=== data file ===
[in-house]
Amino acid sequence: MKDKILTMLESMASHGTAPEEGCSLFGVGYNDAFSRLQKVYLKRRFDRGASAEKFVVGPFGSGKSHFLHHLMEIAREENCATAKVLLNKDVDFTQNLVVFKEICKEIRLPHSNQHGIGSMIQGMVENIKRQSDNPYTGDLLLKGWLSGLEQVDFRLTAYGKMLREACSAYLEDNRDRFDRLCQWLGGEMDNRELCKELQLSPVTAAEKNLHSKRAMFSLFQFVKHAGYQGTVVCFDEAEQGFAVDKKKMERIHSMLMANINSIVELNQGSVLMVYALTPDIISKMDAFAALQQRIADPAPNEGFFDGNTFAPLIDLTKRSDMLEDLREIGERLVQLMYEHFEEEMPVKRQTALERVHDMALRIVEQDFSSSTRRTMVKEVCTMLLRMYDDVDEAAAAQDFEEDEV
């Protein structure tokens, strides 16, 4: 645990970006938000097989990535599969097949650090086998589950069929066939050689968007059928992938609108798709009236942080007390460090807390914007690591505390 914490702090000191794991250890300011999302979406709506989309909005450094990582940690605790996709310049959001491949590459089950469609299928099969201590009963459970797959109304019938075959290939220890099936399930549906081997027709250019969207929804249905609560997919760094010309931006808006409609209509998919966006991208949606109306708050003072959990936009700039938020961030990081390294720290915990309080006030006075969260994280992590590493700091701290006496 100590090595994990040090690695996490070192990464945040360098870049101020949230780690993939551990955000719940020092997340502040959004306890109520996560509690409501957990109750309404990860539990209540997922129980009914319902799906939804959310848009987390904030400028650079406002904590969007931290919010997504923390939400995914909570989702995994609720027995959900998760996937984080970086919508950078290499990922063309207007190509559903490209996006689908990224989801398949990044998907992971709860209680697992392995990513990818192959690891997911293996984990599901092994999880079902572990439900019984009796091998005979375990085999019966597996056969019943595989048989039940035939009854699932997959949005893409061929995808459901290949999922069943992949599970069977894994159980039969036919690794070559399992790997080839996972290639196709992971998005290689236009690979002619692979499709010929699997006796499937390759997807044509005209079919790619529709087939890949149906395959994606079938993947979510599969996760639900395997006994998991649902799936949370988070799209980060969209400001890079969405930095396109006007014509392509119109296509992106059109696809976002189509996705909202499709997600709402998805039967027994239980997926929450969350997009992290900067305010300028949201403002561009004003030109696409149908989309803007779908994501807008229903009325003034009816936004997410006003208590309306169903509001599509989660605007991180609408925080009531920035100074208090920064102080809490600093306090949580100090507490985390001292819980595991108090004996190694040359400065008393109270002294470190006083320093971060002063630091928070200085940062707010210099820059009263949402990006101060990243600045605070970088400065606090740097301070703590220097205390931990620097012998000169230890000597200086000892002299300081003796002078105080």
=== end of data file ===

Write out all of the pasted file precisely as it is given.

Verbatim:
[in-house]
Amino acid sequence: MKDKILTMLESMASHGTAPEEGCSLFGVGYNDAFSRLQKVYLKRRFDRGASAEKFVVGPFGSGKSHFLHHLMEIAREENCATAKVLLNKDVDFTQNLVVFKEICKEIRLPHSNQHGIGSMIQGMVENIKRQSDNPYTGDLLLKGWLSGLEQVDFRLTAYGKMLREACSAYLEDNRDRFDRLCQWLGGEMDNRELCKELQLSPVTAAEKNLHSKRAMFSLFQFVKHAGYQGTVVCFDEAEQGFAVDKKKMERIHSMLMANINSIVELNQGSVLMVYALTPDIISKMDAFAALQQRIADPAPNEGFFDGNTFAPLIDLTKRSDMLEDLREIGERLVQLMYEHFEEEMPVKRQTALERVHDMALRIVEQDFSSSTRRTMVKEVCTMLLRMYDDVDEAAAAQDFEEDEV
């Protein structure tokens, strides 16, 4: 645990970006938000097989990535599969097949650090086998589950069929066939050689968007059928992938609108798709009236942080007390460090807390914007690591505390 914490702090000191794991250890300011999302979406709506989309909005450094990582940690605790996709310049959001491949590459089950469609299928099969201590009963459970797959109304019938075959290939220890099936399930549906081997027709250019969207929804249905609560997919760094010309931006808006409609209509998919966006991208949606109306708050003072959990936009700039938020961030990081390294720290915990309080006030006075969260994280992590590493700091701290006496 100590090595994990040090690695996490070192990464945040360098870049101020949230780690993939551990955000719940020092997340502040959004306890109520996560509690409501957990109750309404990860539990209540997922129980009914319902799906939804959310848009987390904030400028650079406002904590969007931290919010997504923390939400995914909570989702995994609720027995959900998760996937984080970086919508950078290499990922063309207007190509559903490209996006689908990224989801398949990044998907992971709860209680697992392995990513990818192959690891997911293996984990599901092994999880079902572990439900019984009796091998005979375990085999019966597996056969019943595989048989039940035939009854699932997959949005893409061929995808459901290949999922069943992949599970069977894994159980039969036919690794070559399992790997080839996972290639196709992971998005290689236009690979002619692979499709010929699997006796499937390759997807044509005209079919790619529709087939890949149906395959994606079938993947979510599969996760639900395997006994998991649902799936949370988070799209980060969209400001890079969405930095396109006007014509392509119109296509992106059109696809976002189509996705909202499709997600709402998805039967027994239980997926929450969350997009992290900067305010300028949201403002561009004003030109696409149908989309803007779908994501807008229903009325003034009816936004997410006003208590309306169903509001599509989660605007991180609408925080009531920035100074208090920064102080809490600093306090949580100090507490985390001292819980595991108090004996190694040359400065008393109270002294470190006083320093971060002063630091928070200085940062707010210099820059009263949402990006101060990243600045605070970088400065606090740097301070703590220097205390931990620097012998000169230890000597200086000892002299300081003796002078105080």